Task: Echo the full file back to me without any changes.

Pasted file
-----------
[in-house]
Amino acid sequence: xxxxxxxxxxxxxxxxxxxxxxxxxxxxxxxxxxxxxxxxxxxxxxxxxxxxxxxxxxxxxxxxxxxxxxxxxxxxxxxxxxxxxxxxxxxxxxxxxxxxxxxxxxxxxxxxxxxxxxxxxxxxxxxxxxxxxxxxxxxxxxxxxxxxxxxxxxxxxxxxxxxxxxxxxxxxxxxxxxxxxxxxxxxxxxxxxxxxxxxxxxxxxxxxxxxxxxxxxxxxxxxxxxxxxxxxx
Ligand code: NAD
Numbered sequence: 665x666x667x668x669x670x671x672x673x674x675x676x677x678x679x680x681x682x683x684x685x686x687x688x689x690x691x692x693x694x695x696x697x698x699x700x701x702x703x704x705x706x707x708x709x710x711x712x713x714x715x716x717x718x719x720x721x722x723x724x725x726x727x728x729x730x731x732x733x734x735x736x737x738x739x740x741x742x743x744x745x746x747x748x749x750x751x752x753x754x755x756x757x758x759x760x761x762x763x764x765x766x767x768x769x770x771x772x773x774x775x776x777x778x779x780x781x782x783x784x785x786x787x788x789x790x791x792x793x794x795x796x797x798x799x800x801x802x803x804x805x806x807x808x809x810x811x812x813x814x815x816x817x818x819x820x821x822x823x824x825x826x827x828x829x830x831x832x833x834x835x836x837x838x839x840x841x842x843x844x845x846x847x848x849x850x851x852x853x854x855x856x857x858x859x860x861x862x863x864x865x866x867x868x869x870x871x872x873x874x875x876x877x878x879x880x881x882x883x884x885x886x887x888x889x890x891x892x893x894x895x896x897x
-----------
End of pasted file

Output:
[in-house]
Amino acid sequence: xxxxxxxxxxxxxxxxxxxxxxxxxxxxxxxxxxxxxxxxxxxxxxxxxxxxxxxxxxxxxxxxxxxxxxxxxxxxxxxxxxxxxxxxxxxxxxxxxxxxxxxxxxxxxxxxxxxxxxxxxxxxxxxxxxxxxxxxxxxxxxxxxxxxxxxxxxxxxxxxxxxxxxxxxxxxxxxxxxxxxxxxxxxxxxxxxxxxxxxxxxxxxxxxxxxxxxxxxxxxxxxxxxxxxxxxx
Ligand code: NAD
Numbered sequence: 665x666x667x668x669x670x671x672x673x674x675x676x677x678x679x680x681x682x683x684x685x686x687x688x689x690x691x692x693x694x695x696x697x698x699x700x701x702x703x704x705x706x707x708x709x710x711x712x713x714x715x716x717x718x719x720x721x722x723x724x725x726x727x728x729x730x731x732x733x734x735x736x737x738x739x740x741x742x743x744x745x746x747x748x749x750x751x752x753x754x755x756x757x758x759x760x761x762x763x764x765x766x767x768x769x770x771x772x773x774x775x776x777x778x779x780x781x782x783x784x785x786x787x788x789x790x791x792x793x794x795x796x797x798x799x800x801x802x803x804x805x806x807x808x809x810x811x812x813x814x815x816x817x818x819x820x821x822x823x824x825x826x827x828x829x830x831x832x833x834x835x836x837x838x839x840x841x842x843x844x845x846x847x848x849x850x851x852x853x854x855x856x857x858x859x860x861x862x863x864x865x866x867x868x869x870x871x872x873x874x875x876x877x878x879x880x881x882x883x884x885x886x887x888x889x890x891x892x893x894x895x896x897x